Several weeks ago, I learned of a term that I had never actually heard of before: SNOT. This is an acronym used by LEGO builders that stands for Studs Not On Top. It's a concept that I've been familiar with but never knew had a name. I also have never been able to master it myself, so I stand in awe of those that are able to. Perhaps one day I'll post some creations that take the SNOT method to heart, but in the meantime I'll show you the creation on the site where I first saw the term. Ladies and Gentleman, M.C. Escher in LEGO:

Saturday, September 09, 2006

Path to 9/11: Revenge of the Sith

With regards to the Path to 9/11 controversy that flared up this week, the following is my favorite quote (from Daily Kos):
"In a clearly hurried and panicked half-response, ABC has just issued a defensive statement declaring that the movie is 'unfinished'. ('Unfinished?' Really? What now, do you suppose they need to put a few computer-graphics Jar-Jars in the White House meetings, just to spice things up a bit?)"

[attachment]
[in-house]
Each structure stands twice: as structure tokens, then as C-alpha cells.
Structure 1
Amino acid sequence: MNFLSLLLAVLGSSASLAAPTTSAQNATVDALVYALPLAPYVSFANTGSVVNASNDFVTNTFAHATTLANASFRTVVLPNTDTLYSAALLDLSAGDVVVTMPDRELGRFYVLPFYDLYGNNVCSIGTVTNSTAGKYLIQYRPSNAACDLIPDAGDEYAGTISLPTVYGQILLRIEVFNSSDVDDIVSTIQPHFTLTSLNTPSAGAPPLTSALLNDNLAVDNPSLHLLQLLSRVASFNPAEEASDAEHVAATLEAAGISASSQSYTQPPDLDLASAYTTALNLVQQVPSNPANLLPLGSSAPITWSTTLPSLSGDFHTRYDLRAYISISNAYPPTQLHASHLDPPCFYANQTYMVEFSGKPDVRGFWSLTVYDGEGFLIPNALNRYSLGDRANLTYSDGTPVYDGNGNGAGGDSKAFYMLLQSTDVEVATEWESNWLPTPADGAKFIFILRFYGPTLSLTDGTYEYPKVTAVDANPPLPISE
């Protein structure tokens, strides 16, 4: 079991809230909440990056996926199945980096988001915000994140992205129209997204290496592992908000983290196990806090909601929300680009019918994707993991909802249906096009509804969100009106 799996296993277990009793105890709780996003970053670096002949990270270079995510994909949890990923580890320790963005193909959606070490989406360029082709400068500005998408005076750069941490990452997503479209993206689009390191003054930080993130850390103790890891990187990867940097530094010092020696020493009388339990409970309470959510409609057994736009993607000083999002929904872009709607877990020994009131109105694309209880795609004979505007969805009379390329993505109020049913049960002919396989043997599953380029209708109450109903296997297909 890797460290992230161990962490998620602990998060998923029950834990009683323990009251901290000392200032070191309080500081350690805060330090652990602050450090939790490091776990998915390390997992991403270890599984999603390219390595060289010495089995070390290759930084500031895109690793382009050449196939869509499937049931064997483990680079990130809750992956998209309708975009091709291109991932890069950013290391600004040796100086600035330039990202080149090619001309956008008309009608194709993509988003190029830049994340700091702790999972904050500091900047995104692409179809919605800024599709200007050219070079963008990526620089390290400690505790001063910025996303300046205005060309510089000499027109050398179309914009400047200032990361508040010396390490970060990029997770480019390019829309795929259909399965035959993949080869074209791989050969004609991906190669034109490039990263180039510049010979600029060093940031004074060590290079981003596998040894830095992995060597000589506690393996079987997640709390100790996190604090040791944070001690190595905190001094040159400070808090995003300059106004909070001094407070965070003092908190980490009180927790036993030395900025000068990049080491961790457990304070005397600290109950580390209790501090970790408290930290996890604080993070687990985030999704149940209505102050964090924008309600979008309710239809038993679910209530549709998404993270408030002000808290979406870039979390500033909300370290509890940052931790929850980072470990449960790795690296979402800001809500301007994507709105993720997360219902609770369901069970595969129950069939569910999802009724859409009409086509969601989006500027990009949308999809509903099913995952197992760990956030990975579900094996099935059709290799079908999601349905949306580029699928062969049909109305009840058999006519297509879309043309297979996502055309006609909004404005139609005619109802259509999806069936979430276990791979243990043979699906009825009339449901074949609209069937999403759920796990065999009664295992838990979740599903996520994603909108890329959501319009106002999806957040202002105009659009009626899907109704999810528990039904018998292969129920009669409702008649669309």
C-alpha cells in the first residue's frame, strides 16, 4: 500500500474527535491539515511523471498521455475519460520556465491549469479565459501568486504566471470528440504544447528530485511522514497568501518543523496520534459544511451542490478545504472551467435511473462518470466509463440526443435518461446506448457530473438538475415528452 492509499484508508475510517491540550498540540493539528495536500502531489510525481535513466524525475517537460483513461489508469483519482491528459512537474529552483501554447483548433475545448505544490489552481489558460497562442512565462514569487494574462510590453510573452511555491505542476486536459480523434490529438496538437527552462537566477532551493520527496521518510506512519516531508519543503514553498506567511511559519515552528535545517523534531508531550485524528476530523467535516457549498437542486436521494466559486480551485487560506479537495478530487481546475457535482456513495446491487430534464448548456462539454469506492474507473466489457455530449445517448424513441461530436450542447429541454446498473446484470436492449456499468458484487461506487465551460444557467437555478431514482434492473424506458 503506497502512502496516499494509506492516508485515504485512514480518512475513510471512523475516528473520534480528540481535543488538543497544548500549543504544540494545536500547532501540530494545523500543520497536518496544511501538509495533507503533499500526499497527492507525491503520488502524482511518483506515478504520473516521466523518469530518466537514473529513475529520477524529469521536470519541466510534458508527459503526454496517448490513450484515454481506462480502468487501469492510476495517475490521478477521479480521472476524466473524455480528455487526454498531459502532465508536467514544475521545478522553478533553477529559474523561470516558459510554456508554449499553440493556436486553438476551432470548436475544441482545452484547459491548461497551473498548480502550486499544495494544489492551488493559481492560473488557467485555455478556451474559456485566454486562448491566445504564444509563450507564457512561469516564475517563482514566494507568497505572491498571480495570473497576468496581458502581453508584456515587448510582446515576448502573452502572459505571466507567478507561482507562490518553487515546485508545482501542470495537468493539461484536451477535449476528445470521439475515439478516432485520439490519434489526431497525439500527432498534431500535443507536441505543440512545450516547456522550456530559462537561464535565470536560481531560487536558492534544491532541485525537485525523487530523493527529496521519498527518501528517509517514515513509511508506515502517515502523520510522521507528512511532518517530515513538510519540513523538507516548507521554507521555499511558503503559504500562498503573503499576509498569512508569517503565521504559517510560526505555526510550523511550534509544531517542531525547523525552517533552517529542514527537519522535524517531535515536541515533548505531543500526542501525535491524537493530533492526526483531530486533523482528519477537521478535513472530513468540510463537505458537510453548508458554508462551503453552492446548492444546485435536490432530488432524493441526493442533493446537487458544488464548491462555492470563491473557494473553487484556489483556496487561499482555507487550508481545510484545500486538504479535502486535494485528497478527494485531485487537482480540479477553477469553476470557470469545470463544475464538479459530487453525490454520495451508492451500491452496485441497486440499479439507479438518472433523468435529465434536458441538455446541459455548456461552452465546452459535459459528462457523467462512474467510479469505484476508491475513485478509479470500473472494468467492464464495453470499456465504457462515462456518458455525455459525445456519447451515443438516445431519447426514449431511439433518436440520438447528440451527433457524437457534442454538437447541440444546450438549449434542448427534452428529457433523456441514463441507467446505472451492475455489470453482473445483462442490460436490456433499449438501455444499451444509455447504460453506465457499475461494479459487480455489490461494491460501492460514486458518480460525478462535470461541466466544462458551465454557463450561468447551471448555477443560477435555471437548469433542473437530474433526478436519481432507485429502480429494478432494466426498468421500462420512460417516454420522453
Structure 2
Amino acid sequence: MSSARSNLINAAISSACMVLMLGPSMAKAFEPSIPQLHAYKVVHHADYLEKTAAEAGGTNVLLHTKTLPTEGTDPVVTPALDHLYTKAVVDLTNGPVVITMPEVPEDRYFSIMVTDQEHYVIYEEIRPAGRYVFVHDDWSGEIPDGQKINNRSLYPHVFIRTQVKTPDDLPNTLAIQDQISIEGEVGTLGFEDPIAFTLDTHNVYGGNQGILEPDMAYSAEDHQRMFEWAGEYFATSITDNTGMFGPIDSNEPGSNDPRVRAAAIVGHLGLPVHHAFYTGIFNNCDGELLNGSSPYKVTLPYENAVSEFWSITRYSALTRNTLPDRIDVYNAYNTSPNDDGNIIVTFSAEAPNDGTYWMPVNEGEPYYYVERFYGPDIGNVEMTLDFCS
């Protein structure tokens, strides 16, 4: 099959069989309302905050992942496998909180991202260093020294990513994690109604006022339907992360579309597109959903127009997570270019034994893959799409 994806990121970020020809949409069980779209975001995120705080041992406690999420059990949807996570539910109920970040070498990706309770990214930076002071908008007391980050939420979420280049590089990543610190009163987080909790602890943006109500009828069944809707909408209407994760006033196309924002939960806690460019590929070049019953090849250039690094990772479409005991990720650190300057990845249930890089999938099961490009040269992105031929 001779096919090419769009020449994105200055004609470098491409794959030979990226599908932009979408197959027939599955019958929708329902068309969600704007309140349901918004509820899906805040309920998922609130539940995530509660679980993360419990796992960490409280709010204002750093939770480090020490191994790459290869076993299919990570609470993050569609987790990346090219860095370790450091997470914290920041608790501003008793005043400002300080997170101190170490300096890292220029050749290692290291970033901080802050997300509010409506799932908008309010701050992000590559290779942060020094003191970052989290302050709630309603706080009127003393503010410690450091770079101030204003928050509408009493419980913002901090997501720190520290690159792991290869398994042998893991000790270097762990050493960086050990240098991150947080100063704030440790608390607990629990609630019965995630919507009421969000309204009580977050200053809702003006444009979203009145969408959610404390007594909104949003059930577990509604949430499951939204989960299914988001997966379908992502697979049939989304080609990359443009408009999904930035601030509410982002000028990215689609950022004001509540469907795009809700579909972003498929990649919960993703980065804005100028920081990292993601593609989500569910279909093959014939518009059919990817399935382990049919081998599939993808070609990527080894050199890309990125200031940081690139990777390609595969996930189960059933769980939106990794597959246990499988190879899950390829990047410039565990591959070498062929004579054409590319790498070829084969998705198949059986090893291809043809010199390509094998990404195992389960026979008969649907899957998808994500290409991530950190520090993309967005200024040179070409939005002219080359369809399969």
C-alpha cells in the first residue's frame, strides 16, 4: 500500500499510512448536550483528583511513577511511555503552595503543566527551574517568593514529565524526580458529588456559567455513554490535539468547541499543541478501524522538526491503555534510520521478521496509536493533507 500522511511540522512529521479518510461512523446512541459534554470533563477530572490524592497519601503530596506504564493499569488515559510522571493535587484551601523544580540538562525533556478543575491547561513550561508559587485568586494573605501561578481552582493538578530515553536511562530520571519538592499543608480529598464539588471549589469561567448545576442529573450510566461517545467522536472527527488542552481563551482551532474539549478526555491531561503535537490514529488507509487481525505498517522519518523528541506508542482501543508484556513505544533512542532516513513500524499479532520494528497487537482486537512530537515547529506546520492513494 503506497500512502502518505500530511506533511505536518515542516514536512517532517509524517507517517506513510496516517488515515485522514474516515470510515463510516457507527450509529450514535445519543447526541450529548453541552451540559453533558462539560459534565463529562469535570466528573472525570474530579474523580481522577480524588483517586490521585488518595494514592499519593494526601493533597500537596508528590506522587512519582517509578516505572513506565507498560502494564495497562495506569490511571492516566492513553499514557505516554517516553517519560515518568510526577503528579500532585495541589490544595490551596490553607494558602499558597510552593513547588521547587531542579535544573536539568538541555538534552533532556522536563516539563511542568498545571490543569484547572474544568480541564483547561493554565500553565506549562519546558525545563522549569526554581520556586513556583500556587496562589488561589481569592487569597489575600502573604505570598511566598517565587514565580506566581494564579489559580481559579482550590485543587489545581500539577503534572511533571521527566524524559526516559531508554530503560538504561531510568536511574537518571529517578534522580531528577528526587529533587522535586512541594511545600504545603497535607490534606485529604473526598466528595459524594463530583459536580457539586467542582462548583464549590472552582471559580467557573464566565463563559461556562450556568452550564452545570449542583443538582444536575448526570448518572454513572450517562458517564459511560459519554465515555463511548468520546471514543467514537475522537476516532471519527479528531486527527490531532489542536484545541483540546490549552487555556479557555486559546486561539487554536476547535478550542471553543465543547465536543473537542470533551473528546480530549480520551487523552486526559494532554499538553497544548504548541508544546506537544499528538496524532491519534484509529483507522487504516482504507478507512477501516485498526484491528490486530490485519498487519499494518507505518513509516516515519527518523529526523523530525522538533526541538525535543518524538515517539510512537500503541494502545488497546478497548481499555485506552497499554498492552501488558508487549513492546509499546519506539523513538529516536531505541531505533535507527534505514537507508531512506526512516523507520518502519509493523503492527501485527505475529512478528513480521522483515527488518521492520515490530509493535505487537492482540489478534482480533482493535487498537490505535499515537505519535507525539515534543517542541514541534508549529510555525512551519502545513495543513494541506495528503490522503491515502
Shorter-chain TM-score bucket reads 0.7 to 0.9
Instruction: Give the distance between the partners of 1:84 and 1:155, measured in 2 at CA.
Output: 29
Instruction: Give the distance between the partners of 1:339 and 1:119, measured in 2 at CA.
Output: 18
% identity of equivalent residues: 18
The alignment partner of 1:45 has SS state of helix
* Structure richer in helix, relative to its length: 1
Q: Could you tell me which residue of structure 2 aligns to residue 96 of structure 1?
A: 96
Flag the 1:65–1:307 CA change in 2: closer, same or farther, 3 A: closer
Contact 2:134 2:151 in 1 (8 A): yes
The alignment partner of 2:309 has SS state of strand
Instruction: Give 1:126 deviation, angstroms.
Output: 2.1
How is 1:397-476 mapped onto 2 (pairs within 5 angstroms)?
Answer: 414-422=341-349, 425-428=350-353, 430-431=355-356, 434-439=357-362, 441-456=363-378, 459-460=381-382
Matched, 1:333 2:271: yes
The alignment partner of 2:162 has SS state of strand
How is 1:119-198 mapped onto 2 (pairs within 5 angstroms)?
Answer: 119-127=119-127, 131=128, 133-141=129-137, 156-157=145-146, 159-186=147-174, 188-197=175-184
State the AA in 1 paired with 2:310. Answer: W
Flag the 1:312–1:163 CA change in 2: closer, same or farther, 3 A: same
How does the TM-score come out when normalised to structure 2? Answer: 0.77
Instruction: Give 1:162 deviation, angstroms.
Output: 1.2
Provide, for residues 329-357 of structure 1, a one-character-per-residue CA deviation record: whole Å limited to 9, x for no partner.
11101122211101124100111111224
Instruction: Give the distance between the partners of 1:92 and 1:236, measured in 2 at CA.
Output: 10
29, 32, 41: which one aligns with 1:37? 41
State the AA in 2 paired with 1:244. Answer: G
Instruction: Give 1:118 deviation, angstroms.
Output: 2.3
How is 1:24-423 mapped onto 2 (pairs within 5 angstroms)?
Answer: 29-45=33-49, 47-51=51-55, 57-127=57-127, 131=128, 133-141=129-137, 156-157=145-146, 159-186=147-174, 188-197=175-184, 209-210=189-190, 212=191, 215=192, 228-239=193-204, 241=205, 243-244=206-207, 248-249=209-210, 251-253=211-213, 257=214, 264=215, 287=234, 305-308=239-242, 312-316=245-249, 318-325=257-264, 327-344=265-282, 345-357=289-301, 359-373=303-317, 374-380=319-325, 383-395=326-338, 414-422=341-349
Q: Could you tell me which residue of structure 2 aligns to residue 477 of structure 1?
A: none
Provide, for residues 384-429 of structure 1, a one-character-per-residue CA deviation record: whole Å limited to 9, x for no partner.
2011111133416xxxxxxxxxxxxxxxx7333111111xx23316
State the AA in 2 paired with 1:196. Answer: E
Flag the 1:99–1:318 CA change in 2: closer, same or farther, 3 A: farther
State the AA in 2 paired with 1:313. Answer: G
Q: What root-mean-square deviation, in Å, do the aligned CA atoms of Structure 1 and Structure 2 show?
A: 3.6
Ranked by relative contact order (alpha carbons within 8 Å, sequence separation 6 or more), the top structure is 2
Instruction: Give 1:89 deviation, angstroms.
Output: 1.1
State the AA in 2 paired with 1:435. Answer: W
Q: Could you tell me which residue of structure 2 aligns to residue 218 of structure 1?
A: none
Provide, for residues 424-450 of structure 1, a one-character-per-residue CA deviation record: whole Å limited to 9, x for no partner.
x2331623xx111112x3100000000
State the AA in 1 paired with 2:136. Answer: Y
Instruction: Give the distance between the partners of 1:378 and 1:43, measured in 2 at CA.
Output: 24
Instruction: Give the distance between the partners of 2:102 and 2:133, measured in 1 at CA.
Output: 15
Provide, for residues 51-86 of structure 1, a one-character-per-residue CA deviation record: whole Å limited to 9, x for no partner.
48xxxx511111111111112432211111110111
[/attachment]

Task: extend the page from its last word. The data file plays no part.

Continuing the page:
Thursday, September 07, 2006

The Top Ten Meanings/Purposes of Life

Since my last post dealt with one film character's view of life, I thought I'd trot out ten more for your viewing pleasure:

#10 - "Look, I don't want to wax philosophic, but I will say that if you're alive you've got to flap your arms and legs, you've got to jump around a lot, for life is the very opposite of death, and therefore you must at very least think noisy and colorfully, or you're not alive." - Mel Brooks

#9 - "We're all here to fart around. Don't let anyone tell you any different!" - Kurt Vonnegut, A Man Without a Country

#8 - "We're born alone, we live alone, we die alone. Only through our love and friendship can we create the illusion for the moment that we're not alone." - Orson Welles

#7 - "Forty-two" - Douglas Adams, The Hitchhiker's Guide to the Galaxy